Recommendations for research

The guideline committee has made the following recommendations for research.

1 Identification and monitoring

Which combination of risk-assessment tools and blood tests (HbA1c or fasting plasma glucose [FPG]) are most cost effective and effective at identifying and assessing the risk of type 2 diabetes among populations at high risk? In addition, how frequently should testing take place to be efficient? How does effectiveness and cost effectiveness vary for different black and minority ethnic groups, for example, African-Caribbean and black African; people aged 18–40, people aged 75 and over, and for high-risk vulnerable adults? [2012]

What are the demographic characteristics and rates of progression to type 2 diabetes among people with a high risk score but normal blood glucose levels (fasting plasma glucose of less than 5.5 mmol/l or HbA1c of less than 42 mmol/mol)? How does this compare with people who have both a high risk score and blood glucose levels that indicate impaired glucose regulation (fasting plasma glucose 5.5–6.9 mmol/l or HbA1c 42–47 mmol/mol (6.0–6.4%)? [2012]

What are the most effective and cost-effective methods of increasing uptake of type 2 diabetes risk assessments and monitoring among those at greatest risk? Those at greatest risk include people from lower socioeconomic and black and minority ethnic groups, and those aged 75 or over. [2012]

2 Lifestyle interventions

Which components of an intensive lifestyle-change programme contribute most to the effectiveness and cost effectiveness of interventions to prevent or delay type 2 diabetes in those at high risk? How does this vary for different black and minority ethnic groups, for people of different ages for example, aged 18–24, 25–39 and 75 and over, and for vulnerable adults? [2012]

How effective and cost effective are different types of dietary regime in reducing short- and long-term blood glucose levels and preventing or delaying type 2 diabetes? How does this vary for different subgroups, for example, African-Caribbean and black African and other minority ethnic groups and for people of different ages, for example, aged 18–24, 25–39 and 75 and over? [2012]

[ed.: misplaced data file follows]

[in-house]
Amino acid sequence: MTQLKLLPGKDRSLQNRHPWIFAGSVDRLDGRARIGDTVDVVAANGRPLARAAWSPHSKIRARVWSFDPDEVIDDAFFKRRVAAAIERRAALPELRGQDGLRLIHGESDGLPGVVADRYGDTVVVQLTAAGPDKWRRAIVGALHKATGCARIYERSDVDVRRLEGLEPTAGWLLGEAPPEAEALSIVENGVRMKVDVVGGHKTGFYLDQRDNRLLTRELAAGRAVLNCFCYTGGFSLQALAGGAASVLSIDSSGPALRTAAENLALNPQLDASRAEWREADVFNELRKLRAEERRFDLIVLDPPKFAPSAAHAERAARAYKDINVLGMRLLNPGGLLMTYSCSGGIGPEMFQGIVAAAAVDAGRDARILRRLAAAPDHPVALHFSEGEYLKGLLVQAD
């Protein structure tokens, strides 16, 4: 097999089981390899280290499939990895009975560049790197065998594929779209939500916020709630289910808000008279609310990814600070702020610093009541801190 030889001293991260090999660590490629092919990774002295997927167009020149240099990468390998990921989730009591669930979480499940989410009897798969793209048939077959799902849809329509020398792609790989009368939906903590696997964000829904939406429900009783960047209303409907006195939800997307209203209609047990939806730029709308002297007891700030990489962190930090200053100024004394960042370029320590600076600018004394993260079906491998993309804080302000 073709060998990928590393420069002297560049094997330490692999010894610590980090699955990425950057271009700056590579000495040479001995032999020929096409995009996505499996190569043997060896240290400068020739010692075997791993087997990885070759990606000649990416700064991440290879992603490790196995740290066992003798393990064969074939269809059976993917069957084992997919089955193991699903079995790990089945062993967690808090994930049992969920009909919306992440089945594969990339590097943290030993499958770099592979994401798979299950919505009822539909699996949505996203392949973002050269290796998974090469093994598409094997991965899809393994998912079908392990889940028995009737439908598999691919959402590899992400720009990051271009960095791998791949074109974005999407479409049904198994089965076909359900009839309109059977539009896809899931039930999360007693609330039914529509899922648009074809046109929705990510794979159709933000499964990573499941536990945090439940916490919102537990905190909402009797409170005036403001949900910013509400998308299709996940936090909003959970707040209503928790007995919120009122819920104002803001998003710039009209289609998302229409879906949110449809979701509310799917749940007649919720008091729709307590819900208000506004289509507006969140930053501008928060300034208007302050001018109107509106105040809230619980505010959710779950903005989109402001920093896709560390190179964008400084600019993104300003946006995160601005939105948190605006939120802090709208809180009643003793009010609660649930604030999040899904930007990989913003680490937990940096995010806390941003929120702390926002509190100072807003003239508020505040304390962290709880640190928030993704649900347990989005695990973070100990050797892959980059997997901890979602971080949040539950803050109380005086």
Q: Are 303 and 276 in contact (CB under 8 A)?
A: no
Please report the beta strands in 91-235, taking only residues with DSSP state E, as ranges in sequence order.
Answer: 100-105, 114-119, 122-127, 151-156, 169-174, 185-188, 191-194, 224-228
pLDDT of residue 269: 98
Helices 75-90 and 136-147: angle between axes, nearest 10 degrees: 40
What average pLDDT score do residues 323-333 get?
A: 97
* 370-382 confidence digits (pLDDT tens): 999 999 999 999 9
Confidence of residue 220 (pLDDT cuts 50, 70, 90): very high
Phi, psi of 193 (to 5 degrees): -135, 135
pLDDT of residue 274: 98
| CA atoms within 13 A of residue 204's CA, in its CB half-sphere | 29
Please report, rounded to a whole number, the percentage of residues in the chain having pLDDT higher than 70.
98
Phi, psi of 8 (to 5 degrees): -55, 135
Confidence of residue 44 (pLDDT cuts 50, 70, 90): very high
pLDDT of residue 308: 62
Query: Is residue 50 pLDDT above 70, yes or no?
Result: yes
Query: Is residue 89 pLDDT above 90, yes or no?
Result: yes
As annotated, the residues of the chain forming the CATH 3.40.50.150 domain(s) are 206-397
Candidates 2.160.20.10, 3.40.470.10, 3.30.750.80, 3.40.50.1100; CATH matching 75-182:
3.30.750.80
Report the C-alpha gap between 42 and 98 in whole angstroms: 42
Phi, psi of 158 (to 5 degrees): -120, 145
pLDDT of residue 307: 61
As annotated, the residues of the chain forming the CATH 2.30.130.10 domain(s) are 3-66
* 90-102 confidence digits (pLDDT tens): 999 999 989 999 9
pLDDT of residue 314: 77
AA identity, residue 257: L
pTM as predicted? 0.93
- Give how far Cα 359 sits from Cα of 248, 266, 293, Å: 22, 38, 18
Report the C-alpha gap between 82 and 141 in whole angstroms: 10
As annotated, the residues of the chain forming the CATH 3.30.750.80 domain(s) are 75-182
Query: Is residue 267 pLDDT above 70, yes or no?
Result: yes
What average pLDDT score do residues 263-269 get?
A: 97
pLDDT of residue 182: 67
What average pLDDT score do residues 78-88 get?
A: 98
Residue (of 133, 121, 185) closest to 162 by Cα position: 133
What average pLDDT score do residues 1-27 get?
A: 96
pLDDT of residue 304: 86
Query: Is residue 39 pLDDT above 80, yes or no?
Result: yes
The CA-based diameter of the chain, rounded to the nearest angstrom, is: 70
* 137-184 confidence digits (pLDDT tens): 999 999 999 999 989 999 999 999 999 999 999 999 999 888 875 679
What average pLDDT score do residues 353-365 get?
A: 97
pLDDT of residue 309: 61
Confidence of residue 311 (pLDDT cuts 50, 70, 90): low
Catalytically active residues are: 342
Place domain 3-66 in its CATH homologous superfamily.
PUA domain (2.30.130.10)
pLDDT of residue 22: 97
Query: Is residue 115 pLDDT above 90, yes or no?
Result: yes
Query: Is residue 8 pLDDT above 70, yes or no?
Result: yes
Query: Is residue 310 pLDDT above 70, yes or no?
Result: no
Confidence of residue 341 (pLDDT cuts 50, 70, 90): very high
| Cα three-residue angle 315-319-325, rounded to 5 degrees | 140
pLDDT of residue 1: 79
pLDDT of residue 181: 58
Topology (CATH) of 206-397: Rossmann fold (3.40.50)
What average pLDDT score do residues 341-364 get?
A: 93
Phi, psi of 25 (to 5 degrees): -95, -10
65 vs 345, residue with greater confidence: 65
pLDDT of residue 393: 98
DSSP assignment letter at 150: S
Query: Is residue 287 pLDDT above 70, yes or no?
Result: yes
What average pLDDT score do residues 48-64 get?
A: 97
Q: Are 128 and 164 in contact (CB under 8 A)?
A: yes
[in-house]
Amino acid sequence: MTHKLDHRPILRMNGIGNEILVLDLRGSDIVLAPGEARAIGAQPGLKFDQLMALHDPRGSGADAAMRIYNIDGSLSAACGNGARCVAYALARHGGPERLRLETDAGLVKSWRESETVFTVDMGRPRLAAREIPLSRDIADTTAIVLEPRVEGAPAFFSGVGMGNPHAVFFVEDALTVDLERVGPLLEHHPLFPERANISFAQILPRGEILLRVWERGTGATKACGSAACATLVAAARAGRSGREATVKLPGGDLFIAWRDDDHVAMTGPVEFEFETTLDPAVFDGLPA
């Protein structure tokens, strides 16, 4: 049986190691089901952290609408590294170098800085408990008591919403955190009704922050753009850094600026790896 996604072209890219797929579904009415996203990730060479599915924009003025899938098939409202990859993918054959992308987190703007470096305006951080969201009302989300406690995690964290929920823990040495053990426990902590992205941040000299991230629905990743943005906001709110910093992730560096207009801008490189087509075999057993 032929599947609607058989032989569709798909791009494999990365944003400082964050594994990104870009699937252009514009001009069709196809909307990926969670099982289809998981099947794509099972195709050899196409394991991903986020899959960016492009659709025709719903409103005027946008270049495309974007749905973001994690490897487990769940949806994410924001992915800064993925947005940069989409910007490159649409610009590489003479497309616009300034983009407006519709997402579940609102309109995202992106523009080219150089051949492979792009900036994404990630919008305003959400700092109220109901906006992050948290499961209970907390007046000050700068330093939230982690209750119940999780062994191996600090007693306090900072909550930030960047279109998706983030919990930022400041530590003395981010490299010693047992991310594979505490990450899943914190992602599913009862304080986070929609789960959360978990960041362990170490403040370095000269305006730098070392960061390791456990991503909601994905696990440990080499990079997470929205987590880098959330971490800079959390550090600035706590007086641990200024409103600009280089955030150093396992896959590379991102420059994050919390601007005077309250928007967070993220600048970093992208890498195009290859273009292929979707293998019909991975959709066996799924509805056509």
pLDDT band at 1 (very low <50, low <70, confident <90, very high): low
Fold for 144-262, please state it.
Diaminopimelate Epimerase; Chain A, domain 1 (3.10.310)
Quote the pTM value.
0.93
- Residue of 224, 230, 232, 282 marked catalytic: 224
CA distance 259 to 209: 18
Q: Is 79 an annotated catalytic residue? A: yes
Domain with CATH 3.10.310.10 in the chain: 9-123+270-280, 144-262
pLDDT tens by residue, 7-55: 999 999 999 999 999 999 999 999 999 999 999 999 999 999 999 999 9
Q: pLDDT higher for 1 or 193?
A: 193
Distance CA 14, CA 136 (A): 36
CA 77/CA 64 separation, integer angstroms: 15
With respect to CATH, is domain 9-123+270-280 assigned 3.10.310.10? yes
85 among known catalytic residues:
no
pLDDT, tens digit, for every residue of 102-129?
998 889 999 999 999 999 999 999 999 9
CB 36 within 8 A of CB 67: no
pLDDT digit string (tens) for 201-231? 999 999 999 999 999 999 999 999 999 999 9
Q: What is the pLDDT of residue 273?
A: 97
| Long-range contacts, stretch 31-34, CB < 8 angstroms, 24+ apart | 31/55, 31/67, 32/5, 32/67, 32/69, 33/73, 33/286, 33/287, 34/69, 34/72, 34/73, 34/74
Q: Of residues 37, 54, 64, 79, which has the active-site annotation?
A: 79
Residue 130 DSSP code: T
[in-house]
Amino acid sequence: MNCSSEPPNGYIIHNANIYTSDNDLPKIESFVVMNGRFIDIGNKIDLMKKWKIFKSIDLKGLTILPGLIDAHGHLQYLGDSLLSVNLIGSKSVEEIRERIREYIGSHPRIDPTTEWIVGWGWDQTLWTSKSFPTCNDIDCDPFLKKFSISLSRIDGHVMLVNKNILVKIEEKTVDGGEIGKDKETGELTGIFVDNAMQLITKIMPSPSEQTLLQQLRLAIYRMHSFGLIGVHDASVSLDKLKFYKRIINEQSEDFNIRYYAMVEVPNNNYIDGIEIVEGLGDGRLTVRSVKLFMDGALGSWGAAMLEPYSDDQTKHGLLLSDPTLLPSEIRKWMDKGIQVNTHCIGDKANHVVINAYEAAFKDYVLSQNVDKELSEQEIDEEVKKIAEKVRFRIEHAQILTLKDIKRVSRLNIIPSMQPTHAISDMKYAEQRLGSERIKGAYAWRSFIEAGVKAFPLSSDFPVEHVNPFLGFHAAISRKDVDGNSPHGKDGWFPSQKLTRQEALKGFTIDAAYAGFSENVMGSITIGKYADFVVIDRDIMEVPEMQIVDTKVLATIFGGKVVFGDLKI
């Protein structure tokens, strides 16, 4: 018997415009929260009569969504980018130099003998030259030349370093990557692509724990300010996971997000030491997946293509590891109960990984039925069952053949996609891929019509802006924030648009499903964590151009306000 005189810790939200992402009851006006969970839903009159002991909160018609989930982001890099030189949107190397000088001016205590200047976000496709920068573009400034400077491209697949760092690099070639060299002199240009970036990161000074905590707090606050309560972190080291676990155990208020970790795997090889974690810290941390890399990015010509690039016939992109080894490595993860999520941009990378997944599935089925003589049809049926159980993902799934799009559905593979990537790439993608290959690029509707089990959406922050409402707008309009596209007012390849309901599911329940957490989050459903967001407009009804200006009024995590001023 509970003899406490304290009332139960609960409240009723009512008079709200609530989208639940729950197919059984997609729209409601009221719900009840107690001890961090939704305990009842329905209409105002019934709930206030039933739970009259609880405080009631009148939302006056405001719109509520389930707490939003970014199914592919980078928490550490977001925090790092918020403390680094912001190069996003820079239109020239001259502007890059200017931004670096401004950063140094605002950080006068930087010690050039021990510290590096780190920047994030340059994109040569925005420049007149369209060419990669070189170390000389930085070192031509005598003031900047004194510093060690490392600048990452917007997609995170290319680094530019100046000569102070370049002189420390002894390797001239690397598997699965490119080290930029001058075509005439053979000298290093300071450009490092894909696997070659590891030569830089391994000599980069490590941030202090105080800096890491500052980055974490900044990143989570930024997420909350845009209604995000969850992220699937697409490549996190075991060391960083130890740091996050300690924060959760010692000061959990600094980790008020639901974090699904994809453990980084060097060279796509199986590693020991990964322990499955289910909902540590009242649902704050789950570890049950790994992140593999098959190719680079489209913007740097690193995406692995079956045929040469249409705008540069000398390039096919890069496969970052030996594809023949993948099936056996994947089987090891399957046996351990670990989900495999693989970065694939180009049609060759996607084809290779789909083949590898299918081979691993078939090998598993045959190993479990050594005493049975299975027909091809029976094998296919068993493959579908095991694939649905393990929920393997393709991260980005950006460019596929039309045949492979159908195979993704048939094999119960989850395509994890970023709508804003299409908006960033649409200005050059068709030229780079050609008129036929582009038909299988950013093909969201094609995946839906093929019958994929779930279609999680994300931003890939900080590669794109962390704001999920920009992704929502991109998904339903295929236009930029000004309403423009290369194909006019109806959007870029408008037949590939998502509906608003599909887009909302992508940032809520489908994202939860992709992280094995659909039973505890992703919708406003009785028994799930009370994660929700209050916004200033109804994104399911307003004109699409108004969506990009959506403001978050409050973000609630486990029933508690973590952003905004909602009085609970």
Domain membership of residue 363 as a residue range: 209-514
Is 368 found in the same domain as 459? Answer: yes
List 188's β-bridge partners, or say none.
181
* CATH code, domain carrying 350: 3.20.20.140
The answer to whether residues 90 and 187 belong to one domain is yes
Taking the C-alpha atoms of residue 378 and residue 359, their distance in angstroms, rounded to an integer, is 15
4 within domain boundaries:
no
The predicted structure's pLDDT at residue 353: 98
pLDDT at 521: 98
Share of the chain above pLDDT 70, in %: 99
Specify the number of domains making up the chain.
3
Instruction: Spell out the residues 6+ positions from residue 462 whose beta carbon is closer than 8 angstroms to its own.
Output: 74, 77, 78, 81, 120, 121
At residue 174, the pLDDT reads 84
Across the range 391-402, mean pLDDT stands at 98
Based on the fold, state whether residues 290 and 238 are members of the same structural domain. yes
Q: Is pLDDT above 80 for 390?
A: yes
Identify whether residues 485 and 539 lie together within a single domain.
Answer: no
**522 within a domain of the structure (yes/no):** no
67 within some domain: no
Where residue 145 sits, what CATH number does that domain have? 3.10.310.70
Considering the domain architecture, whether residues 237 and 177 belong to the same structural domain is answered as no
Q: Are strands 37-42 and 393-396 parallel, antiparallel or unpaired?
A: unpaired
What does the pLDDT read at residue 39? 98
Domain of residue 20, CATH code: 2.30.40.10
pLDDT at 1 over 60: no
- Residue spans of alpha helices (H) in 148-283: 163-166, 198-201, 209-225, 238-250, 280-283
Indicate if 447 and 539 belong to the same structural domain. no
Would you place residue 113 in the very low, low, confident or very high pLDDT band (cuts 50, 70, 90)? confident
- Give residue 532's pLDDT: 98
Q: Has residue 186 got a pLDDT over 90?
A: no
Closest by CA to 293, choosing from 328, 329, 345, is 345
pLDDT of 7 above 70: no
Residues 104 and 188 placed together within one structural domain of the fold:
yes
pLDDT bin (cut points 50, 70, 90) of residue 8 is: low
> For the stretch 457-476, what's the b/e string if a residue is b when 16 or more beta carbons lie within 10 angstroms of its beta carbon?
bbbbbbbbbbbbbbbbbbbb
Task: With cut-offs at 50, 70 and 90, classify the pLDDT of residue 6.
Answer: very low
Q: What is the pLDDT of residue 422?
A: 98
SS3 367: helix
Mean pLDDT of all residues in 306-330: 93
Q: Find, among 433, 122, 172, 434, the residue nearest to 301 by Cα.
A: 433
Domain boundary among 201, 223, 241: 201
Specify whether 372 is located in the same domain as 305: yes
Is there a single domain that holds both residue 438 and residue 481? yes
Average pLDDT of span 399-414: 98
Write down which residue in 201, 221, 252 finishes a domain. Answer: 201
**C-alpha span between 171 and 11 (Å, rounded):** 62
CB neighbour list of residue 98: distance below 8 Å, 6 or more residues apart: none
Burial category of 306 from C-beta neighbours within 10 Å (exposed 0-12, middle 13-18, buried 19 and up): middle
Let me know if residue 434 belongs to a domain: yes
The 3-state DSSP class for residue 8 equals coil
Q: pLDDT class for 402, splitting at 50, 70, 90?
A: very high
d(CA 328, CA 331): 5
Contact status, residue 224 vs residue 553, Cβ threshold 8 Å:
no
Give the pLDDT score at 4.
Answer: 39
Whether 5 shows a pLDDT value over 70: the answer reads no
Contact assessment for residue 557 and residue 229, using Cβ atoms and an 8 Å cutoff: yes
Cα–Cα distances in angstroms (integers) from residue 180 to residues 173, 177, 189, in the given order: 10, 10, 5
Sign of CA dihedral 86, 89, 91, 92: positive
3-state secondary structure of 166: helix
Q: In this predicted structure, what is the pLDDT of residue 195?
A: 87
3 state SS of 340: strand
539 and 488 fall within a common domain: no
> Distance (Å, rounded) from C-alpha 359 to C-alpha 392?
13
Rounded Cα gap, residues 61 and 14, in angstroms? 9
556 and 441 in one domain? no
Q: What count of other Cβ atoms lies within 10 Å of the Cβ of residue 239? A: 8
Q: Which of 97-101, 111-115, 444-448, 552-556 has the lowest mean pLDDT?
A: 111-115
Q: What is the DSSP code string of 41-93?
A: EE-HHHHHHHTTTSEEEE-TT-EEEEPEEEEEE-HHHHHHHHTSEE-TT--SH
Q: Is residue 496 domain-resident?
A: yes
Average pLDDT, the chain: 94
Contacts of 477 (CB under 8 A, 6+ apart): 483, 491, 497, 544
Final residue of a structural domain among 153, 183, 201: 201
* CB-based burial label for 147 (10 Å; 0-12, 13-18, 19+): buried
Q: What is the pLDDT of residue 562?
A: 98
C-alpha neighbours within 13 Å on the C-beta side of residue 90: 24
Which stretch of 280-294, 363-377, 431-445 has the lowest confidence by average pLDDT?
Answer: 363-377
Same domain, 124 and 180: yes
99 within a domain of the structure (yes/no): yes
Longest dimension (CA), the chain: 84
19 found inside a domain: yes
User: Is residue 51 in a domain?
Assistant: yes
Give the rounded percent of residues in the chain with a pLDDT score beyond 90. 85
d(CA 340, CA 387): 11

How effective and cost effective are different types (and levels and frequency) of physical activity in reducing short- and long-term blood glucose levels and preventing or delaying type 2 diabetes? How does this vary for different subgroups, for example, different black and minority ethnic groups and people of different ages, for example, aged 18–24, 25–39 and 75 and over? [2012]

3 Vulnerable groups

What are the most effective and cost-effective methods for identifying, assessing and managing the risk of type 2 diabetes among high-risk, vulnerable adults? This group includes: frail older adults, homeless people, those with severe mental illness, learning or physical disabilities, prisoners, refugees, recent migrants and travellers. [2012]

4 Digitally delivered intensive lifestyle-change programmes

What is the effectiveness of providing digitally delivered intensive lifestyle-change programmes in preventing type 2 diabetes in adults at high risk of type 2 diabetes?

Why this is important

There is a lack of good quality evidence on the effectiveness of digitally delivered intensive lifestyle-change programmes in preventing type 2 diabetes. [2017]

More detail on the gaps in the evidence identified during development of this guidance is provided in appendix D.

  • National Institute for Health and Care Excellence (NICE)